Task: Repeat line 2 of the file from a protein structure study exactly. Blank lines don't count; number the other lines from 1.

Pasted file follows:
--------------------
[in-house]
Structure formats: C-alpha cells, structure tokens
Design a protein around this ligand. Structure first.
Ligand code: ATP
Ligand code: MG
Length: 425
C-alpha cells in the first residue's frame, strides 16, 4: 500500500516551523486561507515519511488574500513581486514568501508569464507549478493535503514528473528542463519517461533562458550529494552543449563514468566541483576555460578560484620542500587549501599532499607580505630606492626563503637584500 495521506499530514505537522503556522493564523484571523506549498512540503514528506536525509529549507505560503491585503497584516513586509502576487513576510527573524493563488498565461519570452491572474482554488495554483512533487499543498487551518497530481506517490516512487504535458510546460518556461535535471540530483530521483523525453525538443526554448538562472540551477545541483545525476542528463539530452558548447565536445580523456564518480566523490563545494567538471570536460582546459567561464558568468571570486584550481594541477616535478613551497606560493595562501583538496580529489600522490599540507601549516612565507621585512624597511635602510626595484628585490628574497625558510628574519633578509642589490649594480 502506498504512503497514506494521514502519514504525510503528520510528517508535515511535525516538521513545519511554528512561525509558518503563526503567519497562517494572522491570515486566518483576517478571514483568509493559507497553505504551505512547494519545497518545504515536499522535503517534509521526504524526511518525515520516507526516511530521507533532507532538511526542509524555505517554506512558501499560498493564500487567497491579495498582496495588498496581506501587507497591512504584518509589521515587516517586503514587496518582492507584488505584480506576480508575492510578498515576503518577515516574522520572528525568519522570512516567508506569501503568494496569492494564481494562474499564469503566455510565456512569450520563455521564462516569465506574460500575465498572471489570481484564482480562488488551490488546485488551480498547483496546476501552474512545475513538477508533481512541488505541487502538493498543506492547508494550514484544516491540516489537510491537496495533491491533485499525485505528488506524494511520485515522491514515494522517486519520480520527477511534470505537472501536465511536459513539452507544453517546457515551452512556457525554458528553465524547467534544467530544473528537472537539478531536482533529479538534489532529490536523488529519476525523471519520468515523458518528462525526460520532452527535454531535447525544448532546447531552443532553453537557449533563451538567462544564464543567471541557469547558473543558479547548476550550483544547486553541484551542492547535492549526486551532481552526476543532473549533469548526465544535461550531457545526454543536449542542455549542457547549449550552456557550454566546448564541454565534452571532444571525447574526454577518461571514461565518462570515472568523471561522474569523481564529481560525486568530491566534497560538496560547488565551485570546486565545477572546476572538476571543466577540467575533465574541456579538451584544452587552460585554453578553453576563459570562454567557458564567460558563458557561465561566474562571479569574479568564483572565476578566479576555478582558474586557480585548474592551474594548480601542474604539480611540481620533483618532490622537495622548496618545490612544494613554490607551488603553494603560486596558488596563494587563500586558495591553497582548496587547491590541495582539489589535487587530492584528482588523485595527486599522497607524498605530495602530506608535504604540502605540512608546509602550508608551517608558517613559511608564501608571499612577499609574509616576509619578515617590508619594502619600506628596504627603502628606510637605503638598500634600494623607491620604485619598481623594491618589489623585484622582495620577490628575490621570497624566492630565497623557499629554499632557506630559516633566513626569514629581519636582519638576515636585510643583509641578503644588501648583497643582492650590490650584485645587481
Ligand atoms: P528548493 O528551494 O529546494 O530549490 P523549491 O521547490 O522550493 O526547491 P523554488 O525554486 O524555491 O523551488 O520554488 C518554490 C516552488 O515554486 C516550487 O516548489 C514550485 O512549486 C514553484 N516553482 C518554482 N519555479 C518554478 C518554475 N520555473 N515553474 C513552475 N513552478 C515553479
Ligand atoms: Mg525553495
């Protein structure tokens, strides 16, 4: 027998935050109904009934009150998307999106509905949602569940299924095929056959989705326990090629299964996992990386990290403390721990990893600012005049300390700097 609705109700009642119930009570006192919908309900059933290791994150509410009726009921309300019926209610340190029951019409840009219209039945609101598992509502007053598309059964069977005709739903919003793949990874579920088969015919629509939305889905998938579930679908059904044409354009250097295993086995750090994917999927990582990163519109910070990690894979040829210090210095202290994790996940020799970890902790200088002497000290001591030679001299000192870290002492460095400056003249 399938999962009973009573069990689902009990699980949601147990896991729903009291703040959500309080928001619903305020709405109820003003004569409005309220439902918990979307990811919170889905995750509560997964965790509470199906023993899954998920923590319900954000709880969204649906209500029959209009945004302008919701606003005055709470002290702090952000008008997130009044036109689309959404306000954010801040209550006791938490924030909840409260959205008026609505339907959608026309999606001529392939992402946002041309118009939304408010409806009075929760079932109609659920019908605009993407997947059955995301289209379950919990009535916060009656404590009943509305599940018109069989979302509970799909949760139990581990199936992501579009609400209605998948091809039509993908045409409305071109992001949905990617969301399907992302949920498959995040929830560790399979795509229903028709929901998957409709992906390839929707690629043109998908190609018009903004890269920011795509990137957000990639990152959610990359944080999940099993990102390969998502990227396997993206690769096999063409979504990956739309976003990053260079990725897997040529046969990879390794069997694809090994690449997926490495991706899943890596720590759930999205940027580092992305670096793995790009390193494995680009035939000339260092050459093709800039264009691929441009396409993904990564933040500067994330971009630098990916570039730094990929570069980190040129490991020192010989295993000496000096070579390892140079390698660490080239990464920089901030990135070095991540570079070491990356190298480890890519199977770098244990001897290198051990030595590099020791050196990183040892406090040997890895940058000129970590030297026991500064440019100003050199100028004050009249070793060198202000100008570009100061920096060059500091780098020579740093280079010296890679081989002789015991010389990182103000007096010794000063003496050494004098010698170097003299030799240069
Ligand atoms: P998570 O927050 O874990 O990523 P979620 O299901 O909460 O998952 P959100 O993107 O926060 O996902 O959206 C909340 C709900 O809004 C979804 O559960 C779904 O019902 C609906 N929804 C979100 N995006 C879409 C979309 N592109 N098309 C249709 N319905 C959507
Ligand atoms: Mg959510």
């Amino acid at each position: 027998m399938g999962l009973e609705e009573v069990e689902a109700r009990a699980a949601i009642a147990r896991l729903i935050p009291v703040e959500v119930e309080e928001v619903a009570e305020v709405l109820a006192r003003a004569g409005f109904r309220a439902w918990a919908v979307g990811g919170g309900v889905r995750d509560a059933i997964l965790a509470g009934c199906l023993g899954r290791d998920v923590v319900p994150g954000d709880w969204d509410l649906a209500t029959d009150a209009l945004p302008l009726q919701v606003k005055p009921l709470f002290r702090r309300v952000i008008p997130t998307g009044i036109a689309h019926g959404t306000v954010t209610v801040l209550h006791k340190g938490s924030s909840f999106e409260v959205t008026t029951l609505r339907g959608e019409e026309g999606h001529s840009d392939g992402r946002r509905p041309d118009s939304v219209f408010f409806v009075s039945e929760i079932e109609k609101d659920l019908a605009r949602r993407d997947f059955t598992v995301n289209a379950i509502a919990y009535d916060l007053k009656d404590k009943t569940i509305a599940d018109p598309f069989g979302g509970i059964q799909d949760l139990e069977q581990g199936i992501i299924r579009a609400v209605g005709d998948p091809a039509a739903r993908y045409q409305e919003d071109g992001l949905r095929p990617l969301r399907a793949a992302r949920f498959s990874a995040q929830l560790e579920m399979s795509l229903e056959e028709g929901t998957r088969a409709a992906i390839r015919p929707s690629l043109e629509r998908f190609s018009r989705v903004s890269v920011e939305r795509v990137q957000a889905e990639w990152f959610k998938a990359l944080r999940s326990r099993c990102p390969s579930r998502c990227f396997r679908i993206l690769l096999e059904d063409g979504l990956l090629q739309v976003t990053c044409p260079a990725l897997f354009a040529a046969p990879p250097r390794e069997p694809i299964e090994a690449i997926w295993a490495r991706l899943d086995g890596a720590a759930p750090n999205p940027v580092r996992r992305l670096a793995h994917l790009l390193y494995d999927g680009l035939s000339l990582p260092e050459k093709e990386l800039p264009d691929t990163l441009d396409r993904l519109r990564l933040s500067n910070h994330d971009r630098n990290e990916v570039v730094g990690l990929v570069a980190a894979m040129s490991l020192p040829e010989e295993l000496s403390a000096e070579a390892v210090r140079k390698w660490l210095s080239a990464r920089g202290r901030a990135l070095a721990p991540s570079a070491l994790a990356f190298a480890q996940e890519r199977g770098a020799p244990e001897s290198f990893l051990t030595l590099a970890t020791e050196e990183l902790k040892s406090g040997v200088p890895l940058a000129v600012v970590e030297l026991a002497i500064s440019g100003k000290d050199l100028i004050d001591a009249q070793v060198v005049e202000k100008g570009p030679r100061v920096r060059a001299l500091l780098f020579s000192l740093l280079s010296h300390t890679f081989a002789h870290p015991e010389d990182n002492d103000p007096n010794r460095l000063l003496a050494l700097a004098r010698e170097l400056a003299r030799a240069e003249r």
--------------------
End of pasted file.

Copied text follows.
Structure formats: C-alpha cells, structure tokens